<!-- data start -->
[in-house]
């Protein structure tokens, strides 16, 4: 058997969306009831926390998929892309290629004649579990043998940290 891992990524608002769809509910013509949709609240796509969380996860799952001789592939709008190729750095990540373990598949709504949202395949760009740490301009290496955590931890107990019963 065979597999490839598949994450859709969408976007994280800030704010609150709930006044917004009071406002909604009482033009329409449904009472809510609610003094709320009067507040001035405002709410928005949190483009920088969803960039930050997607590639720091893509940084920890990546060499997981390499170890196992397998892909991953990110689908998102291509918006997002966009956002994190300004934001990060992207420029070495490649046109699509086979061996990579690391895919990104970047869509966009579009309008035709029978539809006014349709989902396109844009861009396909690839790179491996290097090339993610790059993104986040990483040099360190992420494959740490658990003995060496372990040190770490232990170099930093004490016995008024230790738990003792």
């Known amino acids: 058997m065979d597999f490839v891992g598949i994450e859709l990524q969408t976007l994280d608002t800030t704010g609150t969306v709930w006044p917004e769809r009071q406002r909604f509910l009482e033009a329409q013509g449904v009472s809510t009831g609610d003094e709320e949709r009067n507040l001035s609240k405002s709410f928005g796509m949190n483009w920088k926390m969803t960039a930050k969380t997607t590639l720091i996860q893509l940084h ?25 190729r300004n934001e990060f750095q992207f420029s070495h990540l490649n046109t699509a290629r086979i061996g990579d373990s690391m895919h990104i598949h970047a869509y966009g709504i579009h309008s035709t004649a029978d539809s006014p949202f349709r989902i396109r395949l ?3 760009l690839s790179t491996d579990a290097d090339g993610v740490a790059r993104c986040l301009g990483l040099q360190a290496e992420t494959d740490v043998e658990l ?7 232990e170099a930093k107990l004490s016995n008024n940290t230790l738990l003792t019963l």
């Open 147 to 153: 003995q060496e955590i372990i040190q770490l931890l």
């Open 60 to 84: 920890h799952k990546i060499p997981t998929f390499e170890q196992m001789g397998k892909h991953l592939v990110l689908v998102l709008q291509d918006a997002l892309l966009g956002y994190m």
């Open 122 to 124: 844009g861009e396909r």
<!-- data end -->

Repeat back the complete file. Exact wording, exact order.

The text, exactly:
[in-house]
């Protein structure tokens, strides 16, 4: 058997969306009831926390998929892309290629004649579990043998940290 891992990524608002769809509910013509949709609240796509969380996860799952001789592939709008190729750095990540373990598949709504949202395949760009740490301009290496955590931890107990019963 065979597999490839598949994450859709969408976007994280800030704010609150709930006044917004009071406002909604009482033009329409449904009472809510609610003094709320009067507040001035405002709410928005949190483009920088969803960039930050997607590639720091893509940084920890990546060499997981390499170890196992397998892909991953990110689908998102291509918006997002966009956002994190300004934001990060992207420029070495490649046109699509086979061996990579690391895919990104970047869509966009579009309008035709029978539809006014349709989902396109844009861009396909690839790179491996290097090339993610790059993104986040990483040099360190992420494959740490658990003995060496372990040190770490232990170099930093004490016995008024230790738990003792």
């Known amino acids: 058997m065979d597999f490839v891992g598949i994450e859709l990524q969408t976007l994280d608002t800030t704010g609150t969306v709930w006044p917004e769809r009071q406002r909604f509910l009482e033009a329409q013509g449904v009472s809510t009831g609610d003094e709320e949709r009067n507040l001035s609240k405002s709410f928005g796509m949190n483009w920088k926390m969803t960039a930050k969380t997607t590639l720091i996860q893509l940084h ?25 190729r300004n934001e990060f750095q992207f420029s070495h990540l490649n046109t699509a290629r086979i061996g990579d373990s690391m895919h990104i598949h970047a869509y966009g709504i579009h309008s035709t004649a029978d539809s006014p949202f349709r989902i396109r395949l ?3 760009l690839s790179t491996d579990a290097d090339g993610v740490a790059r993104c986040l301009g990483l040099q360190a290496e992420t494959d740490v043998e658990l ?7 232990e170099a930093k107990l004490s016995n008024n940290t230790l738990l003792t019963l």
């Open 147 to 153: 003995q060496e955590i372990i040190q770490l931890l």
């Open 60 to 84: 920890h799952k990546i060499p997981t998929f390499e170890q196992m001789g397998k892909h991953l592939v990110l689908v998102l709008q291509d918006a997002l892309l966009g956002y994190m």
């Open 122 to 124: 844009g861009e396909r």